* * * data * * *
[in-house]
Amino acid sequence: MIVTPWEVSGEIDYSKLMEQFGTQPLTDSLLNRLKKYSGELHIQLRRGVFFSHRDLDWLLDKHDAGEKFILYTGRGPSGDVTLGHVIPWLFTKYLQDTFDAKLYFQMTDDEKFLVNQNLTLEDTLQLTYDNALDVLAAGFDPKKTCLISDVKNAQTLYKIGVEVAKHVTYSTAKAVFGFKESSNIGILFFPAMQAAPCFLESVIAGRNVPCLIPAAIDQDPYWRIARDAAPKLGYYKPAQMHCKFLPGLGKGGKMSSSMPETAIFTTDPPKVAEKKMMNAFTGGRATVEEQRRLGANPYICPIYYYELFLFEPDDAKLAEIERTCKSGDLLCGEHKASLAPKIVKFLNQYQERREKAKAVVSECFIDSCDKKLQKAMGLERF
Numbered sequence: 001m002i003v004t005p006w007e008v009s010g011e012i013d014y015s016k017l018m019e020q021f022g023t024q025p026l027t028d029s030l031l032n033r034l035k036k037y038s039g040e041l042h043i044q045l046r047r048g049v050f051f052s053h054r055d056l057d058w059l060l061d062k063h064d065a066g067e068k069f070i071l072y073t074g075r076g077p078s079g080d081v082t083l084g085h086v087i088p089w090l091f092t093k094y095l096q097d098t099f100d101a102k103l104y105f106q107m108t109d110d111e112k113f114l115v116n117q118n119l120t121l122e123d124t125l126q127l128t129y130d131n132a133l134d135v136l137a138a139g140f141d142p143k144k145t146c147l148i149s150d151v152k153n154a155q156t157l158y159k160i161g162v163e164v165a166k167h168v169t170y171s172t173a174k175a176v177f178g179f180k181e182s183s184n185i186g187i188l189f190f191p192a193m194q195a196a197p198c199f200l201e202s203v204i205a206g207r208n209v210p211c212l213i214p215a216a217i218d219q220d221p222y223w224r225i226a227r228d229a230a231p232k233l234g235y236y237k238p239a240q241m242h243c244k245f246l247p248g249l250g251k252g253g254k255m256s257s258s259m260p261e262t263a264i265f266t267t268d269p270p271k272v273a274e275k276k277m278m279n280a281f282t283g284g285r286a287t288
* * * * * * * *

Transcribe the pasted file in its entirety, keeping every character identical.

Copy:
[in-house]
Amino acid sequence: MIVTPWEVSGEIDYSKLMEQFGTQPLTDSLLNRLKKYSGELHIQLRRGVFFSHRDLDWLLDKHDAGEKFILYTGRGPSGDVTLGHVIPWLFTKYLQDTFDAKLYFQMTDDEKFLVNQNLTLEDTLQLTYDNALDVLAAGFDPKKTCLISDVKNAQTLYKIGVEVAKHVTYSTAKAVFGFKESSNIGILFFPAMQAAPCFLESVIAGRNVPCLIPAAIDQDPYWRIARDAAPKLGYYKPAQMHCKFLPGLGKGGKMSSSMPETAIFTTDPPKVAEKKMMNAFTGGRATVEEQRRLGANPYICPIYYYELFLFEPDDAKLAEIERTCKSGDLLCGEHKASLAPKIVKFLNQYQERREKAKAVVSECFIDSCDKKLQKAMGLERF
Numbered sequence: 001m002i003v004t005p006w007e008v009s010g011e012i013d014y015s016k017l018m019e020q021f022g023t024q025p026l027t028d029s030l031l032n033r034l035k036k037y038s039g040e041l042h043i044q045l046r047r048g049v050f051f052s053h054r055d056l057d058w059l060l061d062k063h064d065a066g067e068k069f070i071l072y073t074g075r076g077p078s079g080d081v082t083l084g085h086v087i088p089w090l091f092t093k094y095l096q097d098t099f100d101a102k103l104y105f106q107m108t109d110d111e112k113f114l115v116n117q118n119l120t121l122e123d124t125l126q127l128t129y130d131n132a133l134d135v136l137a138a139g140f141d142p143k144k145t146c147l148i149s150d151v152k153n154a155q156t157l158y159k160i161g162v163e164v165a166k167h168v169t170y171s172t173a174k175a176v177f178g179f180k181e182s183s184n185i186g187i188l189f190f191p192a193m194q195a196a197p198c199f200l201e202s203v204i205a206g207r208n209v210p211c212l213i214p215a216a217i218d219q220d221p222y223w224r225i226a227r228d229a230a231p232k233l234g235y236y237k238p239a240q241m242h243c244k245f246l247p248g249l250g251k252g253g254k255m256s257s258s259m260p261e262t263a264i265f266t267t268d269p270p271k272v273a274e275k276k277m278m279n280a281f282t283g284g285r286a287t288